October 10th is World Mental Health Awareness Day, and Baylor organizations will be sponsoring multiple events and initiatives to promote mental health and mental health awareness.
In a recent interview, Dr. Randal W. Boldt, a Senior Associate Director and Senior Psychologist at the Counseling Center, discussed the mental health of college students nationally, where Baylor fits into the national picture, Mental Health Awareness Day, and mental health resources at Baylor. In his description of the national statistics, Dr. Boldt stated that psychologists and mental health professionals are “even thinking about [mental health] as a crisis for the college student population which would be the 18 to 24 range.”
He noted a shocking 625% increase in suicidal ideation since before the pandemic, “One statistic I saw said that in the last month 25% of college students reported having suicidal thoughts.” Before the pandemic, according to Dr. Boldt, “that same statistic was 4% of students.”
Other national statistics he shared were similarly troubling: “I saw some information from [the J Foundation] stating that 75% of college students are reporting moderate to severe psychological distress. … 68% are reporting reduced motivation and focus, which two things you need to be a college student. Another 58% have unmet social needs. Social needs are things like income, transportation, food security, employment, housing, and so on. If that larger population is struggling with those things, it impacts how you study and how you feel your mental health as well. … Another report from CDC data [showed that] nine out of ten college students think there’s a mental health crisis on campus right now.”
These statistics paint a bleak picture. The change, particularly in suicidal ideation, has been rapid, and the current statistics indicate that most college age individuals are suffering from mental health issues. Dr. Boldt attributed this to a variety of factors: “I think some of the reasons for it have been this kind of accumulation of things in the country including the covid pandemic, including the war in Ukraine, including our political polarization, rampant inflation and then, social isolation.”
Another potential factor according to Dr. Boldt is the “racial awakening in our country in the last few years and the civil unrest related to that.”
Cumulatively, these factors are likely to have “an impact on a population that then because of Covid has been … socially isolated over a prolonged period. Not having people to talk to as much and then all these things going on, you can see how it builds up.”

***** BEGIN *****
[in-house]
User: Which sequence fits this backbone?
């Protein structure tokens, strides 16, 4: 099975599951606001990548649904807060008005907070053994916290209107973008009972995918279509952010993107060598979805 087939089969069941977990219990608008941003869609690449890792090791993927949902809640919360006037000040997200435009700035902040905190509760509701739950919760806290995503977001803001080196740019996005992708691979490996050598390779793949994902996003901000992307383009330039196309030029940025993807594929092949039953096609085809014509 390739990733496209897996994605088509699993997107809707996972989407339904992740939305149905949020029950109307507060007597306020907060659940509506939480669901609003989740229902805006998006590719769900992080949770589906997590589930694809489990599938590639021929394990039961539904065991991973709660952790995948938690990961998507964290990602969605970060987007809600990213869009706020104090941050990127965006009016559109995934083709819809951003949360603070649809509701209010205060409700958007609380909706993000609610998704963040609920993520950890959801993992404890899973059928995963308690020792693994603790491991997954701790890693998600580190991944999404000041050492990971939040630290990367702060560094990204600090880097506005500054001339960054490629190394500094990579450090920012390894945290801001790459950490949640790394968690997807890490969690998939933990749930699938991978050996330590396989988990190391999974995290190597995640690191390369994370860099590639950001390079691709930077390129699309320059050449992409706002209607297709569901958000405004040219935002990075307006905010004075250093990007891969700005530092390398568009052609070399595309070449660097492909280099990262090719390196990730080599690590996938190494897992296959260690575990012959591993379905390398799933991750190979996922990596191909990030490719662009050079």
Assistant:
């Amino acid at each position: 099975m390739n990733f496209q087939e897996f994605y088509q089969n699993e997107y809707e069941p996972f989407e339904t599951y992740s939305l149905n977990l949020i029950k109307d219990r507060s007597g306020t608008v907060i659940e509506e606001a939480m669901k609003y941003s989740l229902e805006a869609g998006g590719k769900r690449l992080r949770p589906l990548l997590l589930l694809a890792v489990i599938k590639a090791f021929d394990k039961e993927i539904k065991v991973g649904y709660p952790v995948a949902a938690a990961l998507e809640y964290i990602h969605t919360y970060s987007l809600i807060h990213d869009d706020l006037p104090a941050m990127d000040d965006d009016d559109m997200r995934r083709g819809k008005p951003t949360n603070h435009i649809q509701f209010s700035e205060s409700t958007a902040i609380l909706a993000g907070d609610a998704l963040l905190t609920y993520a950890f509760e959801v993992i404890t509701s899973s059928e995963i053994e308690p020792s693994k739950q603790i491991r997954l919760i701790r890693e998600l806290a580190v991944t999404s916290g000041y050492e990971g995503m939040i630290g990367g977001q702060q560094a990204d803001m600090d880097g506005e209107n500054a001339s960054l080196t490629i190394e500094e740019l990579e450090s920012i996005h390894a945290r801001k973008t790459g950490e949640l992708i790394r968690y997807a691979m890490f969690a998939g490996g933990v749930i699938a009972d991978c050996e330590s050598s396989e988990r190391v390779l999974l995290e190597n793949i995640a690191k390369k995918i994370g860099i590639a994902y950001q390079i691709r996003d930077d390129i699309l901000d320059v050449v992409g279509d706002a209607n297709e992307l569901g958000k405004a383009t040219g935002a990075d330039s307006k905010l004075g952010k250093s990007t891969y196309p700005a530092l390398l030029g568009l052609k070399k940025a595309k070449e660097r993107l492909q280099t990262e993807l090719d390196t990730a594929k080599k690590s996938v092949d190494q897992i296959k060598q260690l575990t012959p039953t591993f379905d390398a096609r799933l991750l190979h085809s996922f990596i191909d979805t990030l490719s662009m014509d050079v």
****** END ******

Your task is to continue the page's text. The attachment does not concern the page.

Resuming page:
As struggles in mental health have continued to be de-stigmatized, it is also possible that self-reporting has changed. College students may be more comfortable discussing their own mental health, which would potentially overstate aggregate changes in mental health. When asked about this possibility, Dr. Boldt said, “it’s an insightful question that we’ve thought about a lot; and probably the two go hand in hand I would say.” He elaborated that while the effects of de-stigmatization are not well known, they are welcome, and that he hopes they will continue. “I think we’re very excited that there is has been some de-stigmatization.”
Regardless of de-stigmatization’s effect on polling, it is clear that mental health is a significant problem for college students nationally. When asked about how Baylor fares against this background, Dr. Boldt explained, “I think we’re seeing the same students. The concerns are pretty similar. We match the national data on the concerns that are coming in.” According to Dr. Boldt, “our counseling center last year saw a 30% increase in students seeking counseling services compared to the pre-pandemic year.” Given this increase, and that the national data reflects a “crisis,” the Baylor student population has also suffered from the pandemic. But Baylor has not been idle. In fact, the counseling center has launched numerous initiatives and has a variety of resources available for those struggling with mental health.
Soon, Baylor will be launching its mental health ally campaign. One can become an ally by attending outreach events or training on mental health awareness. Allies will be given t-shirts to show others that they can discuss mental health issues with them. Dr. Boldt highlighted the need for community solutions: “The ideal is that they don’t end up needing to come to counseling. They have support from a different platform.”
The increase in suicidal ideation also highlights the need for students to know how to help those dealing with suicidal thoughts. Dr. Boldt said, on behalf of the counseling center, “We would love for every student on campus, every faculty, every staff to be trained as a QPR Gatekeeper.” QPR stands for Question, Persuade, Refer, the three steps to help someone who might be suffering from suicidal thoughts. QPR Gatekeepers have received training from the QPR Institute on how to actively prevent suicidal behavior and help those at risk. Baylor offers training upon request.
Last October, Baylor launched its telehealth program with the company Academic Life Care. Dr. Boldt said the service is available “to every Baylor student 24/7, 365.” He emphasized that the company has “thousands of counselors available.” Regardless of the time or place, one can use the service to quickly access a mental health professional. One can also request help from professionals with specific cultural and religious backgrounds.
Baylor’s telehealth number, accessible during normal Health Clinic hours, is 254-710-1010. Outside those hours, one can access Baylor Telehealth by AcademicLiveCare Care Hub. QPR training can be requested at the email address email@example.com.